1969’s 20/20, although boasting some excellent exercises in production, feels rather hollow. Carl’s rendition of The Ronettes’ I Can Hear Music, however, is one of the high points of their entire discography, in my opinion, as is Al Jardine's spirited take on the traditional folk song Cottonfields. A single from that period, the Brian Wilson composition Break Away, is also worth hearing for an insight into the band’s feel during this period – less consistent, with an undercurrent of lethargy, but still capable of delivering the goods when the stars align.
1970 gave what few Beach Boys fans were left Sunflower, another “summery” album, with more excellent production values. Brian Wilson, although no longer the dominant composer by this point, contributes one of the most dazzling songs in his entire repertoire, This Whole World, a which changes keys four times in the first minute. Dennis Wilson continues to come into his own as a writer, bringing Slip on Through and It’s About Time, two soulful rock n rollers, and acoustic ballad Forever, to the table. Mike and Brian’s All I Wanna Do is considered influential to the shoegaze genre. On-off member Bruce Johnston also contributes Tears in the Morning and Deidre – catchy enough, but a little artificial. Sunflower peaked at number 151 during a four-week stay in the US Billboard charts. Not good.
The following year, the band delivered Surf’s Up, the gimmick of which was the inclusion of the title track that had received a cult status (among the even fewer fans remaining) because of its association with Smile. Surf’s Up is a fascinating album – you can really hear a raggedness and exhaustion as the band frantically try to keep the enterprise afloat, with less and less clear direction. Carl Wilson contributes two masterpieces – Feel Flows and Long Promised Road, which are emotive and progressive, thanks to the spiritual lyrics contributed by then-manager Jack Rieley. The album has a dark undercurrent throughout, even the cover, a dark green illustration of a sculpture depicting a dead/dying man slumped over on a horse, is a far cry from the preppy beach shots of a decade earlier. The opening track, Don’t Go Near the Water, feels like a post-apocalyptic parody of the Beach Boys, as Al Jardine and Mike Love preach the importance of treating the oceans with respect. Brian contributes two severely depressed but transcendent pieces, Til I Die, which seems to be about the band itself and well as himself being in a slump, and A Day in the Life of a Tree, written from the perspective of a tree choking to death on polluted air. The title track closes the album, slightly spruced up by Carl Wilson’s production, and finishing with a new coda inspired by sections from Smile. The “child is the father of the man” group harmonies at the end, especially Mike Love’s baritone, are my favourite moment in the entire Beach Boys discography – to me, it is the sound of the gates of Heaven opening, with each singer doing their bit in painting a touching auditory painting.
Next came Carl & The Passions: So Tough and Holland, sister records featuring songs and instrumentation from Blondie Chaplin and Ricky Fataar, members of funky South African group The Flame. The sound on these two records is again ragged, and shows traces of country rock, as on the scatty You Need a Mess of Help to Stand Alone. These two records show a band desperately trying to integrate themselves into the seventies’ rock pantheon – it seems odd in retrospect to hear a group famed for their group vocals handing over the microphone to a new member, Blondie Chaplin, on Holland’s powerful opener Sail on Sailor. Brian attempts to mimic the Rolling Stones with Marcella, and actually pulls it off, while Carl and manager-wordsmith Jack Rieley contribute The Trader, an emotional song about the colonisation of North America and the impact on the indigenous people and animals. These albums are oddities, but show that desperation can lead to inspiration.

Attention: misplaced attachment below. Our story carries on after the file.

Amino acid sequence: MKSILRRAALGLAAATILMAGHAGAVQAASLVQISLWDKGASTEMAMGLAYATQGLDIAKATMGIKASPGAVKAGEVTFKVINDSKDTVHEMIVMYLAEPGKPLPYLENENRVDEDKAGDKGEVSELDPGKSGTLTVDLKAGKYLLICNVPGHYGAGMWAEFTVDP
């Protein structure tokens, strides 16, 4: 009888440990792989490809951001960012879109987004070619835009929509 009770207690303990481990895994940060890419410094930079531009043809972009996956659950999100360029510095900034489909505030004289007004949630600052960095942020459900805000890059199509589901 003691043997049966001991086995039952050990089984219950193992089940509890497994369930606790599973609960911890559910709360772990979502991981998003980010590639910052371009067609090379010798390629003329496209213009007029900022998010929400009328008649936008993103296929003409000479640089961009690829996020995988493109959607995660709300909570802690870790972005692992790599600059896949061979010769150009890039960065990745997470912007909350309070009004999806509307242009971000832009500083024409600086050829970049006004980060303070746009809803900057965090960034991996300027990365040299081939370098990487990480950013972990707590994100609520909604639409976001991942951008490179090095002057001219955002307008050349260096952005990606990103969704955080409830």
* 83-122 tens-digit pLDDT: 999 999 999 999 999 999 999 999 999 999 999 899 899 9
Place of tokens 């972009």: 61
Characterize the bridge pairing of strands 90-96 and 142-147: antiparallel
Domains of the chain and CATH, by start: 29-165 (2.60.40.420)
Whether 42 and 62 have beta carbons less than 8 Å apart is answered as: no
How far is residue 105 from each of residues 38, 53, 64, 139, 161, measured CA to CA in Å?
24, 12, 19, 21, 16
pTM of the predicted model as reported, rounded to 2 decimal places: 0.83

I’ll stop here, because I think 1973’s Holland marks the end of the Beach Boys’ initial run of progressive albums. The albums that followed generally were more aimed at the nostalgia crowd, once they twigged on to the fact that they could sell out venues by playing their early surf and car songs. Brian Wilson is mostly absent from many of these later records, on account of his being imprisoned in his own home by radical psychologists recruited to help him with his substance abuse and mental issues. One such album, 1992’s Summer in Paradise, sold less than 1,000 copies, bankrupted a label, and has never been mentioned again by anyone in any official association with the band. In 1983, Dennis Wilson drowned while drunk, and in 1998, Carl Wilson died of lung cancer. Today, Mike Love and Bruce Johnston carry the reigns of the Beach Boys brand on the road, while Brian Wilson tours under his own name with Al Jardine and Blondie Chaplin in accompaniment.
The Beach Boys are a strange band, perhaps one of the strangest. They produced some of the most experimental and influential music in the Western pop canon, and also some of the most unbearably crass and desperate music ever recorded. You can hear their rising and falling energy levels with each album in their voices and production decisions. There’s a narrative in their story of youthful exuberance, budding intellectualism and philosophy with Pet Sounds and Smile, and the ensuing depression, with peaks and troughs, in the subsequent projects leading up to Holland. It’s a story in and of itself.